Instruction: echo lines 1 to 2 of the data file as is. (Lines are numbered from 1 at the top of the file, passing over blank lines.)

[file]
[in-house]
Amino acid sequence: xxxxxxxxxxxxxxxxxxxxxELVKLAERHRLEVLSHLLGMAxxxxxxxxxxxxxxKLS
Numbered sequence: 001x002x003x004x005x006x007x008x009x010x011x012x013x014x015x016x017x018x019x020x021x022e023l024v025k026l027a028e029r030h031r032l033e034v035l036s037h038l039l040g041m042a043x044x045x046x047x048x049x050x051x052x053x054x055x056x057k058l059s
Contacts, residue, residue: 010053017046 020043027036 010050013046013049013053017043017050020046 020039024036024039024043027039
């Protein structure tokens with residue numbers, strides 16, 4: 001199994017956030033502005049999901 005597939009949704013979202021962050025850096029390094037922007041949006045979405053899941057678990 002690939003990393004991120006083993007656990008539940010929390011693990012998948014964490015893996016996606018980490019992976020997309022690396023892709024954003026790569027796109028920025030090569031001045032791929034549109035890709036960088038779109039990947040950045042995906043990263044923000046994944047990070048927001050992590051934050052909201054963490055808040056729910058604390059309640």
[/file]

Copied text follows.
[in-house]
Amino acid sequence: xxxxxxxxxxxxxxxxxxxxxELVKLAERHRLEVLSHLLGMAxxxxxxxxxxxxxxKLS